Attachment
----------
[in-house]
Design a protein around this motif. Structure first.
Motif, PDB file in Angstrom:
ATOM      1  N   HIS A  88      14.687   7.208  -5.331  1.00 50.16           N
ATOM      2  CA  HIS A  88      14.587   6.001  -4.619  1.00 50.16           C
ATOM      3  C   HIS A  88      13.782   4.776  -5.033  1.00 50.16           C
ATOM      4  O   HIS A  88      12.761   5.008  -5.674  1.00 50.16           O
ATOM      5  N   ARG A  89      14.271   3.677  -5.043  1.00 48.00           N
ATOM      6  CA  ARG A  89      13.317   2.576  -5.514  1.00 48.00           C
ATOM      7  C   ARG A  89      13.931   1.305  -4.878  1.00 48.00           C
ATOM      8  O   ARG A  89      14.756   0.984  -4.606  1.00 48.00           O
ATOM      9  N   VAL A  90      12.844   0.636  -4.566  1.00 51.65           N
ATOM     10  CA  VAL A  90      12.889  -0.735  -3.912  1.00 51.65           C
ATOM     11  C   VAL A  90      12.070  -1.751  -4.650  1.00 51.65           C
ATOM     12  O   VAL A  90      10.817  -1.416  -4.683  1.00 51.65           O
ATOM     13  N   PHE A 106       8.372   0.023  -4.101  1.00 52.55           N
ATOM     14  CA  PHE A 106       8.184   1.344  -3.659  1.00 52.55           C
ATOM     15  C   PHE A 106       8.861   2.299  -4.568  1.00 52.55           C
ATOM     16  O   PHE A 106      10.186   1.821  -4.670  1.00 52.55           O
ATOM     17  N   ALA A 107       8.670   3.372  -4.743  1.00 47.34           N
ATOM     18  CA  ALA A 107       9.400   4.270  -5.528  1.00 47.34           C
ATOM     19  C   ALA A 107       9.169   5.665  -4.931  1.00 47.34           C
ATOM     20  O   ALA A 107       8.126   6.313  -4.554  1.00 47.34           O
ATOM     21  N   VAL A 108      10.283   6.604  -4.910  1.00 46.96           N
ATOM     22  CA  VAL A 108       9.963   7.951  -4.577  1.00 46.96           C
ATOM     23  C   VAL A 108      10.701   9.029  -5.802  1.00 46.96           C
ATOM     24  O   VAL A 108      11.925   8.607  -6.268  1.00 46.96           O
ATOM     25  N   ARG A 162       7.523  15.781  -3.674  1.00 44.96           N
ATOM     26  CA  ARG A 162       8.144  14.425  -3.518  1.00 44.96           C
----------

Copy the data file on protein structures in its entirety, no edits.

[in-house]
Design a protein around this motif. Structure first.
Motif, PDB file in Angstrom:
ATOM      1  N   HIS A  88      14.687   7.208  -5.331  1.00 50.16           N
ATOM      2  CA  HIS A  88      14.587   6.001  -4.619  1.00 50.16           C
ATOM      3  C   HIS A  88      13.782   4.776  -5.033  1.00 50.16           C
ATOM      4  O   HIS A  88      12.761   5.008  -5.674  1.00 50.16           O
ATOM      5  N   ARG A  89      14.271   3.677  -5.043  1.00 48.00           N
ATOM      6  CA  ARG A  89      13.317   2.576  -5.514  1.00 48.00           C
ATOM      7  C   ARG A  89      13.931   1.305  -4.878  1.00 48.00           C
ATOM      8  O   ARG A  89      14.756   0.984  -4.606  1.00 48.00           O
ATOM      9  N   VAL A  90      12.844   0.636  -4.566  1.00 51.65           N
ATOM     10  CA  VAL A  90      12.889  -0.735  -3.912  1.00 51.65           C
ATOM     11  C   VAL A  90      12.070  -1.751  -4.650  1.00 51.65           C
ATOM     12  O   VAL A  90      10.817  -1.416  -4.683  1.00 51.65           O
ATOM     13  N   PHE A 106       8.372   0.023  -4.101  1.00 52.55           N
ATOM     14  CA  PHE A 106       8.184   1.344  -3.659  1.00 52.55           C
ATOM     15  C   PHE A 106       8.861   2.299  -4.568  1.00 52.55           C
ATOM     16  O   PHE A 106      10.186   1.821  -4.670  1.00 52.55           O
ATOM     17  N   ALA A 107       8.670   3.372  -4.743  1.00 47.34           N
ATOM     18  CA  ALA A 107       9.400   4.270  -5.528  1.00 47.34           C
ATOM     19  C   ALA A 107       9.169   5.665  -4.931  1.00 47.34           C
ATOM     20  O   ALA A 107       8.126   6.313  -4.554  1.00 47.34           O
ATOM     21  N   VAL A 108      10.283   6.604  -4.910  1.00 46.96           N
ATOM     22  CA  VAL A 108       9.963   7.951  -4.577  1.00 46.96           C
ATOM     23  C   VAL A 108      10.701   9.029  -5.802  1.00 46.96           C
ATOM     24  O   VAL A 108      11.925   8.607  -6.268  1.00 46.96           O
ATOM     25  N   ARG A 162       7.523  15.781  -3.674  1.00 44.96           N
ATOM     26  CA  ARG A 162       8.144  14.425  -3.518  1.00 44.96           C